Monday, April 12, 2010

Mount Mitchell Day Hike with Ms. Arcen and Die Bluder Hunden

Saturday morning Ms. Arcen, Die Bluder Hunden(Zoo and Rommel) and I headed up to the Blue Ridge for Mt. Mitchell. The parkway was closed north of HWY80 and there was plenty of visible damage to the trees from this past winter's ice storms on the 16 mile section south to the Mitchell Park entrance. Snow was apparent on the shadowy spots of the mountain above 5,500ft. We decided to hike out the Deep Gap North Trail with no particular goal in mind other than mountain transfer. As soon as we descended into the evergreen forest off of Mitchell that transfer began with one of the most powerful natural smells that I ever remember experiencing in the woods. Intoxicating was the fragrance of the essence of our natural mountain surroundings. The spruce and other varieties of needle bearing trees were shredded and littering not only the trail but the surrounding forest and mountain side. It was as if we were in a pine pillow walking from one end of it to the other. Our foot travel over Mt. Craig was slowed but not stopped by the debris left after a very brutal winter. There were some interesting snow tongues to cross as well. In spots the snow was a meter deep, 3-5 meters wide and sometimes running so far down the mountain we could not see where they ended.

After Craig we descended again and worked our way through the not so clear trail. A few of the steep downs were sketchy but in what felt like no time we reached Big Tom, our second peak of the day. We turned around at that point and started the walk back for Craig then Mitchell. On the backside of Mt. Craig we found a nice spot on top of Tug Rock for an afternoon lunch of Brown Pretzels, Strawberries, Almonds and a waffle. It was an interesting day on a familiar mountain that has had a big winter. Besides all of the ice problems Mitchell recorded over 60" of snow this winter season.

Check out this map with Big Tom to the right.
Now here it is in the real. Big Tom behind and to the right of Mt. Craig.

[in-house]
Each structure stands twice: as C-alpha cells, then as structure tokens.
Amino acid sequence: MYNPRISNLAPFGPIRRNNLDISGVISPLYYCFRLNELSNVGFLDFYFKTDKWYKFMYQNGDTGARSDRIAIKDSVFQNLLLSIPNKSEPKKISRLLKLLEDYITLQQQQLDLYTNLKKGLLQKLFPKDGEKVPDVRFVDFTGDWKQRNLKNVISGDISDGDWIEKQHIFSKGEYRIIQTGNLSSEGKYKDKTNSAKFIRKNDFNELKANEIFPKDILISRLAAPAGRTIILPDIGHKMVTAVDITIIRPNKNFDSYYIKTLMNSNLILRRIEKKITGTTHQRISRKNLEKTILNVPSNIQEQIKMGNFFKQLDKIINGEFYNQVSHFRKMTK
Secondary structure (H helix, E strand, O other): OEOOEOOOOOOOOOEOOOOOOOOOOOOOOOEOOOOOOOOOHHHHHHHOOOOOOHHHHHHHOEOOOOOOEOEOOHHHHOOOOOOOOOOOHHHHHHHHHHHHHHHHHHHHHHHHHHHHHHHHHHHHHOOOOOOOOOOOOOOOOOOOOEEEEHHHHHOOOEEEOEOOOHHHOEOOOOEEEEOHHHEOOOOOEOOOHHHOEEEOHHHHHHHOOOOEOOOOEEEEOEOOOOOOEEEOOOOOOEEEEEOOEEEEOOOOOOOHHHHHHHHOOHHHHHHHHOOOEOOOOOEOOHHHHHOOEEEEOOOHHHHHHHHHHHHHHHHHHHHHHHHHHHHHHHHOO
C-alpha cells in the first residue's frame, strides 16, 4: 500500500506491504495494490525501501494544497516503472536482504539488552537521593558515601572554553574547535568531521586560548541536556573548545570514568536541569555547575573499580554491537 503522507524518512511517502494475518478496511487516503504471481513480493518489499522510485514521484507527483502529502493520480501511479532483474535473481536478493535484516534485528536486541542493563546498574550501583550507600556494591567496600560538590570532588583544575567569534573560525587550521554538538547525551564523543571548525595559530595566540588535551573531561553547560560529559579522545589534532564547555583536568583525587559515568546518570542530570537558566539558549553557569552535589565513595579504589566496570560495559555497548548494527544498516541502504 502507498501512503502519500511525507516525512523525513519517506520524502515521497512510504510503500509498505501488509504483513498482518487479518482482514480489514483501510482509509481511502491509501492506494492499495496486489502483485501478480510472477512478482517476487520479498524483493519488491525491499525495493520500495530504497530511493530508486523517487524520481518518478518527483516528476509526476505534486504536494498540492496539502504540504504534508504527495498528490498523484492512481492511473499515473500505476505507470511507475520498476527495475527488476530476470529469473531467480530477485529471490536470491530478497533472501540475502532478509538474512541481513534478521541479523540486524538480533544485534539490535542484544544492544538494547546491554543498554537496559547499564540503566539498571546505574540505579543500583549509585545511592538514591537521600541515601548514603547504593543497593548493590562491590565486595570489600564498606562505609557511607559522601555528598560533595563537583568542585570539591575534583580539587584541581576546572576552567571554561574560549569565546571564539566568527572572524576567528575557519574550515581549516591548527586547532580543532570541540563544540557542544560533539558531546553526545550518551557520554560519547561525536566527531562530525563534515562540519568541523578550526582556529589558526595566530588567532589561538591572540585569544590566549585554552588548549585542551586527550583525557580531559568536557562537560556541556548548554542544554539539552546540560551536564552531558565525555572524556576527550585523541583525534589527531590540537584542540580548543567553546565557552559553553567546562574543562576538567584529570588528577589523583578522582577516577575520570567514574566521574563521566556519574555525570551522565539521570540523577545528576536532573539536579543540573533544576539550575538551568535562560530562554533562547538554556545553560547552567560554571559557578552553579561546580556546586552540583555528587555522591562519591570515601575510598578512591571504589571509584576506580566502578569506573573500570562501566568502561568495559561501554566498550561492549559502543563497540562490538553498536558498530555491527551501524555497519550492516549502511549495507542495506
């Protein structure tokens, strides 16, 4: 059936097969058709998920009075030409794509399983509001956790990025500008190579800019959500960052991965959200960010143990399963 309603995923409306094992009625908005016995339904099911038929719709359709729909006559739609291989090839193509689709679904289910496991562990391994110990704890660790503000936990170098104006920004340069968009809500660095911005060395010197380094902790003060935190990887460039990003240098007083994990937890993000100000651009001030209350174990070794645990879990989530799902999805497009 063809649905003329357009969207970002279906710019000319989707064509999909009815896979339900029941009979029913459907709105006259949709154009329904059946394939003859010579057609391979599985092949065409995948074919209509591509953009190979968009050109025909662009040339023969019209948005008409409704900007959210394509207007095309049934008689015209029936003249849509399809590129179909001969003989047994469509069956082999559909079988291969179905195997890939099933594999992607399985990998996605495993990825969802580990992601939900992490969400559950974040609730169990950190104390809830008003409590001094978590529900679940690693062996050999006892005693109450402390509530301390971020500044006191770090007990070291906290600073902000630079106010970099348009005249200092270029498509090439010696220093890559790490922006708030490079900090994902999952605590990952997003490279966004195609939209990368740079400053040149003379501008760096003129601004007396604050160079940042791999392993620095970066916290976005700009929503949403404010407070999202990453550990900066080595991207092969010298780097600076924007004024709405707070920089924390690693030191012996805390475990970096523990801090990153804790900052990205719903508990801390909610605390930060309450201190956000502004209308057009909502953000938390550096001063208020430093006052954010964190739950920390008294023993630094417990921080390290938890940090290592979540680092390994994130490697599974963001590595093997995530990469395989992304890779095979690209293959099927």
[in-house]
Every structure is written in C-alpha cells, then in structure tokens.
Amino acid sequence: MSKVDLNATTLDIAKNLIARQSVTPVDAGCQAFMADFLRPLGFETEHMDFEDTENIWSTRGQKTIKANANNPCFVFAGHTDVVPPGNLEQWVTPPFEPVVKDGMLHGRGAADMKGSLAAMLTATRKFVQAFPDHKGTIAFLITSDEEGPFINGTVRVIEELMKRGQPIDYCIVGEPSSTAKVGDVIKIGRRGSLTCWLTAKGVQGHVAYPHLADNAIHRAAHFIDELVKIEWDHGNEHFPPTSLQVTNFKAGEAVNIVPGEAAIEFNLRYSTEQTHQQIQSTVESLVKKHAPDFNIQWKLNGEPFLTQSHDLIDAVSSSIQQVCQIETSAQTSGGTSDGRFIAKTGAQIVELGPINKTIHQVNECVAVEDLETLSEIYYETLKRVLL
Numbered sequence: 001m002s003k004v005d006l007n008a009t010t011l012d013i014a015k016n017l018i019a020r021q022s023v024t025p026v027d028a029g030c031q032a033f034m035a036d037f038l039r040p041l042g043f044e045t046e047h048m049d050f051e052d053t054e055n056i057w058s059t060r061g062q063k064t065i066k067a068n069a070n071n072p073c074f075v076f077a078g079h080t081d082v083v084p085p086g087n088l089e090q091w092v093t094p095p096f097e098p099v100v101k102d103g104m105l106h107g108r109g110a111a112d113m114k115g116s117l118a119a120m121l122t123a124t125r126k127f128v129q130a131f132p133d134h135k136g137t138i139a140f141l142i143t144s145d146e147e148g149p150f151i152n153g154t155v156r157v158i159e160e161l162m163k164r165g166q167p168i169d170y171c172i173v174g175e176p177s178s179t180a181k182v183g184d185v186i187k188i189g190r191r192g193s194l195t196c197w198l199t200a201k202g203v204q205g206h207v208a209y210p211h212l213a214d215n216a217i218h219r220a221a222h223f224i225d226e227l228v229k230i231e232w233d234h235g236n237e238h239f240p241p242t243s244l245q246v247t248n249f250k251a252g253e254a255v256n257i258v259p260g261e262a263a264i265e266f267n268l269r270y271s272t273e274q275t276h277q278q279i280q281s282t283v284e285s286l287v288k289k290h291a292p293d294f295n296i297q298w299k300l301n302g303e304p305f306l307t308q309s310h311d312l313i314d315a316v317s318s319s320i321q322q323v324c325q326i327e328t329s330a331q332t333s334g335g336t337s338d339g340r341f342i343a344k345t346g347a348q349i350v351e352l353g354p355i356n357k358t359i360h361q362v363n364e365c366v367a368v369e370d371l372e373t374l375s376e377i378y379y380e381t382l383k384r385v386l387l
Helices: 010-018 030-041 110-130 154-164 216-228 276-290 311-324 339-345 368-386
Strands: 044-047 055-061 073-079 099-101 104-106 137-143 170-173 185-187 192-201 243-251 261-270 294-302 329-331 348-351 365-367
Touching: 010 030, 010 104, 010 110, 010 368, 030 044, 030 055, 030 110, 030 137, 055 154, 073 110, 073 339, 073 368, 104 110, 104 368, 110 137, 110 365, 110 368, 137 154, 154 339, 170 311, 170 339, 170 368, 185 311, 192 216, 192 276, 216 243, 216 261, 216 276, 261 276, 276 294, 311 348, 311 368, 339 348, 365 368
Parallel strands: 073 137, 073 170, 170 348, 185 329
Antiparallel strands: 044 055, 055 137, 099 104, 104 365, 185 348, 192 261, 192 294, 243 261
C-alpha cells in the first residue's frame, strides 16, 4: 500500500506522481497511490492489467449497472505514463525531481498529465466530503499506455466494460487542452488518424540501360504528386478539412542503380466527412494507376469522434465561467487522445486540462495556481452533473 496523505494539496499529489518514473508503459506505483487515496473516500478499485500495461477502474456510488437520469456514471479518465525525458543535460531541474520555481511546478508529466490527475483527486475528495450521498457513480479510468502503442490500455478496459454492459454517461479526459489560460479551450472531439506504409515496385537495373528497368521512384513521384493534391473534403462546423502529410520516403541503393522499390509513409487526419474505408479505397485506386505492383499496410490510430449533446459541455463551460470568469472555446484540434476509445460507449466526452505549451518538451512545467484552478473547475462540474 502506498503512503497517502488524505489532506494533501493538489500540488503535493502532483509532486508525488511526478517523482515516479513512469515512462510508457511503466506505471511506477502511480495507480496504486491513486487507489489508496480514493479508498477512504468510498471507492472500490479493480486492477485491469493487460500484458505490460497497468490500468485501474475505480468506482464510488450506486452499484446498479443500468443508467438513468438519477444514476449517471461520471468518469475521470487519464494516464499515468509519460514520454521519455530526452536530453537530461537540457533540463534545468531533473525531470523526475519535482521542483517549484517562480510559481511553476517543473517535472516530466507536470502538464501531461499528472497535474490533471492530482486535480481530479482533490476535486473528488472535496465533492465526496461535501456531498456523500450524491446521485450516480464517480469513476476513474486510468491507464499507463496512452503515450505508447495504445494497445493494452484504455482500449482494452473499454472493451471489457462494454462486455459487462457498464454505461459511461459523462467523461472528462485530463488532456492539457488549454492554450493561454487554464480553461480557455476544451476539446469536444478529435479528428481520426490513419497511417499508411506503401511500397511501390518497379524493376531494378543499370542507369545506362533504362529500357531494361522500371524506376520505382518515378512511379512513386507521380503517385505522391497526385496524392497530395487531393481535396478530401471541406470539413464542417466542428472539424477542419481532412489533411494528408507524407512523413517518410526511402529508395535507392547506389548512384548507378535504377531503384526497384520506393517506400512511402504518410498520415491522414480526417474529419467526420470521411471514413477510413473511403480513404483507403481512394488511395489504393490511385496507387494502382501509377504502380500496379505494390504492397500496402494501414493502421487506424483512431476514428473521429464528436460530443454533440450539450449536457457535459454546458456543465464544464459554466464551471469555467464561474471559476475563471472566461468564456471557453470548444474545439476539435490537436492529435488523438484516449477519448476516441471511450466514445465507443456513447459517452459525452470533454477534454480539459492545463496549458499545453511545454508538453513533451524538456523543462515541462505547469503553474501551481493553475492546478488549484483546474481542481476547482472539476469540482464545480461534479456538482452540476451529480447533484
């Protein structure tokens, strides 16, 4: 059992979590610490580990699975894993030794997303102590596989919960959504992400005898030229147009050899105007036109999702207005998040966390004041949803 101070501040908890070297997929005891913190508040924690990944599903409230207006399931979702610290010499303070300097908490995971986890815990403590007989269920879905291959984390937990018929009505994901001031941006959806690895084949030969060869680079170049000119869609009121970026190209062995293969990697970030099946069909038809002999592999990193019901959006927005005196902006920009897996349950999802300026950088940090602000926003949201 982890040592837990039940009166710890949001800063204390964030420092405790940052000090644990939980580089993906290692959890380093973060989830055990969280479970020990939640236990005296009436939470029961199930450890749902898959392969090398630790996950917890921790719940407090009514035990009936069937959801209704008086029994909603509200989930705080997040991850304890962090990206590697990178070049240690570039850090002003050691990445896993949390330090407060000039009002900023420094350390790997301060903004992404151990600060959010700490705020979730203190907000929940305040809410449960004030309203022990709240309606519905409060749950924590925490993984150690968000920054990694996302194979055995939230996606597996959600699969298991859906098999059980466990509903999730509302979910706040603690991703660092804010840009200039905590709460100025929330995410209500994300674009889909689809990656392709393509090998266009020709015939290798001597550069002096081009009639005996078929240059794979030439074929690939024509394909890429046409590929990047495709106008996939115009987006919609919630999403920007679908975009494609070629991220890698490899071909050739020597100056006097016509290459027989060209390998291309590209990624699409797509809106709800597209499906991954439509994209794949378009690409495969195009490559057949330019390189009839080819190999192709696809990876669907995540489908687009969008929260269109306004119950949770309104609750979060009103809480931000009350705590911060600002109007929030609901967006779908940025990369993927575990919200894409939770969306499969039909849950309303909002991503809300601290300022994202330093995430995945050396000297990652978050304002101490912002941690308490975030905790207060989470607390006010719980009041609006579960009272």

More perspective.
In the woods just off of Mitchell the trail looked like it had been bombed. Notice the deep snow under the broken spruce limbs.
Die Bluder Hund Rommel
Text book technique for descending snow covered trail in April.
Yes Bluder Hunden, we have to walk across that snow to get where we are going.
Bluder Hund Zoo acknowledges her love of snow eating.
We named this 'Tug' Rock and on the way back later in the afternoon stopped here for our picnic.
More snow on the trail.
Sitting on Big Tom Summit child and Bluder Hund hear something coming up the trail.
Out of the forest into a clearing.
On the way back in we stopped at Tug Rock for a lunch break and to water for die Bluders...
Way off in the distance you can see the parking lot of Mt. Mitchell State Park where we came from.
Then Ms. Arcen played with the camera while I packed up.
She does have an eye
for subject matter.
Rommel stood on my foot for a minute.
Clear trail and new stone stairs since I was there last.
Another snow crossing before we climbed up onto Mitchell again.
After our hike we walked up to the top of the Tower on Mitchell's summit. The view was fascinating from the highest point east of the Mississippi River. Ms. Arcen looked back towards Big Tom where we were not long ago and pointed to the thin line of trail over Craig. She immediately recognized the two perspectives.


jeff said...

Makes me want to get off the road and go exploring.

spokejunky said...

Great pics. Our family cabin sits on Walnut Ridge between Unaka and Asheville. You can sit in the living room and see the approach up to Mt. Mitchell. Love, love, love that area. Been to the Colorado Rockies, Bavarian, Swiss, Italian and Austrian Alps. Mt. Mitchell and surrounding kicks all of them to the curb IMHO.